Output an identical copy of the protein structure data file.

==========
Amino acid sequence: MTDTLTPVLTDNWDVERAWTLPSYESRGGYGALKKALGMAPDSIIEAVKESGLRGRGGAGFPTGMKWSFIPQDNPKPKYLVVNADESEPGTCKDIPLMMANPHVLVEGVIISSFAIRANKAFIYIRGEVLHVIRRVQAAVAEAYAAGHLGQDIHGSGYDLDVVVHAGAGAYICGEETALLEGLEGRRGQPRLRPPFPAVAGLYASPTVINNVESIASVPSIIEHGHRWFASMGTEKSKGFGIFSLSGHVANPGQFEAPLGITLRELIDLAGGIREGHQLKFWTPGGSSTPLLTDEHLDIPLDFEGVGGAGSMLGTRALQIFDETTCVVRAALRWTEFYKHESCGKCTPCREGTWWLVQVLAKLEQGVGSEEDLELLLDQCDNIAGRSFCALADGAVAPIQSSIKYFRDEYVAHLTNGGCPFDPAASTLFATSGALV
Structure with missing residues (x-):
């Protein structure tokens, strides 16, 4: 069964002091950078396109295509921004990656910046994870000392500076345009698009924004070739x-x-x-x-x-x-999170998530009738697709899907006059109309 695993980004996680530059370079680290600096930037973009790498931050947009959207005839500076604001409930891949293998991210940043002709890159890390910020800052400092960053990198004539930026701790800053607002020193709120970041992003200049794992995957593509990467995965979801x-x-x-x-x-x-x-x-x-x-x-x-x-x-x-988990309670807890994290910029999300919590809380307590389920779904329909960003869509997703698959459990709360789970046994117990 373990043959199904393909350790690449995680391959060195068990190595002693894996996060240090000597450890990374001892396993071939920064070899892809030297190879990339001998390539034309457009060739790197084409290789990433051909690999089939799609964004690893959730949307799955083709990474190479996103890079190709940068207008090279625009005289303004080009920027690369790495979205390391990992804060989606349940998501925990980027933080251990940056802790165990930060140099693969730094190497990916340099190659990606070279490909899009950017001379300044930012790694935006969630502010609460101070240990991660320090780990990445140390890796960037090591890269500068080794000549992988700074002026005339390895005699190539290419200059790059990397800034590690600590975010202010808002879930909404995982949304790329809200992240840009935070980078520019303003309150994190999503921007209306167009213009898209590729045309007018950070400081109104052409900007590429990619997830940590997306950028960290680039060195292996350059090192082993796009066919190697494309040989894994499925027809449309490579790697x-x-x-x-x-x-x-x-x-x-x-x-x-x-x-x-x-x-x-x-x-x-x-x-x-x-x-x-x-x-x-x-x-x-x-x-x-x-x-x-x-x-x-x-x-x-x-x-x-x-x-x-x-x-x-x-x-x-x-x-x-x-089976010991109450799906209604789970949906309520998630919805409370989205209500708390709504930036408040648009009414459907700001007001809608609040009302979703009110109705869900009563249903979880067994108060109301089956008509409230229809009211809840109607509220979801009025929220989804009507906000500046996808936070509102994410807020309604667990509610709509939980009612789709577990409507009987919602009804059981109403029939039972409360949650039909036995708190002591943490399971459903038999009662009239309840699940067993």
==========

Amino acid sequence: MTDTLTPVLTDNWDVERAWTLPSYESRGGYGALKKALGMAPDSIIEAVKESGLRGRGGAGFPTGMKWSFIPQDNPKPKYLVVNADESEPGTCKDIPLMMANPHVLVEGVIISSFAIRANKAFIYIRGEVLHVIRRVQAAVAEAYAAGHLGQDIHGSGYDLDVVVHAGAGAYICGEETALLEGLEGRRGQPRLRPPFPAVAGLYASPTVINNVESIASVPSIIEHGHRWFASMGTEKSKGFGIFSLSGHVANPGQFEAPLGITLRELIDLAGGIREGHQLKFWTPGGSSTPLLTDEHLDIPLDFEGVGGAGSMLGTRALQIFDETTCVVRAALRWTEFYKHESCGKCTPCREGTWWLVQVLAKLEQGVGSEEDLELLLDQCDNIAGRSFCALADGAVAPIQSSIKYFRDEYVAHLTNGGCPFDPAASTLFATSGALV
Structure with missing residues (x-):
């Protein structure tokens, strides 16, 4: 069964002091950078396109295509921004990656910046994870000392500076345009698009924004070739x-x-x-x-x-x-999170998530009738697709899907006059109309 695993980004996680530059370079680290600096930037973009790498931050947009959207005839500076604001409930891949293998991210940043002709890159890390910020800052400092960053990198004539930026701790800053607002020193709120970041992003200049794992995957593509990467995965979801x-x-x-x-x-x-x-x-x-x-x-x-x-x-x-988990309670807890994290910029999300919590809380307590389920779904329909960003869509997703698959459990709360789970046994117990 373990043959199904393909350790690449995680391959060195068990190595002693894996996060240090000597450890990374001892396993071939920064070899892809030297190879990339001998390539034309457009060739790197084409290789990433051909690999089939799609964004690893959730949307799955083709990474190479996103890079190709940068207008090279625009005289303004080009920027690369790495979205390391990992804060989606349940998501925990980027933080251990940056802790165990930060140099693969730094190497990916340099190659990606070279490909899009950017001379300044930012790694935006969630502010609460101070240990991660320090780990990445140390890796960037090591890269500068080794000549992988700074002026005339390895005699190539290419200059790059990397800034590690600590975010202010808002879930909404995982949304790329809200992240840009935070980078520019303003309150994190999503921007209306167009213009898209590729045309007018950070400081109104052409900007590429990619997830940590997306950028960290680039060195292996350059090192082993796009066919190697494309040989894994499925027809449309490579790697x-x-x-x-x-x-x-x-x-x-x-x-x-x-x-x-x-x-x-x-x-x-x-x-x-x-x-x-x-x-x-x-x-x-x-x-x-x-x-x-x-x-x-x-x-x-x-x-x-x-x-x-x-x-x-x-x-x-x-x-x-x-089976010991109450799906209604789970949906309520998630919805409370989205209500708390709504930036408040648009009414459907700001007001809608609040009302979703009110109705869900009563249903979880067994108060109301089956008509409230229809009211809840109607509220979801009025929220989804009507906000500046996808936070509102994410807020309604667990509610709509939980009612789709577990409507009987919602009804059981109403029939039972409360949650039909036995708190002591943490399971459903038999009662009239309840699940067993």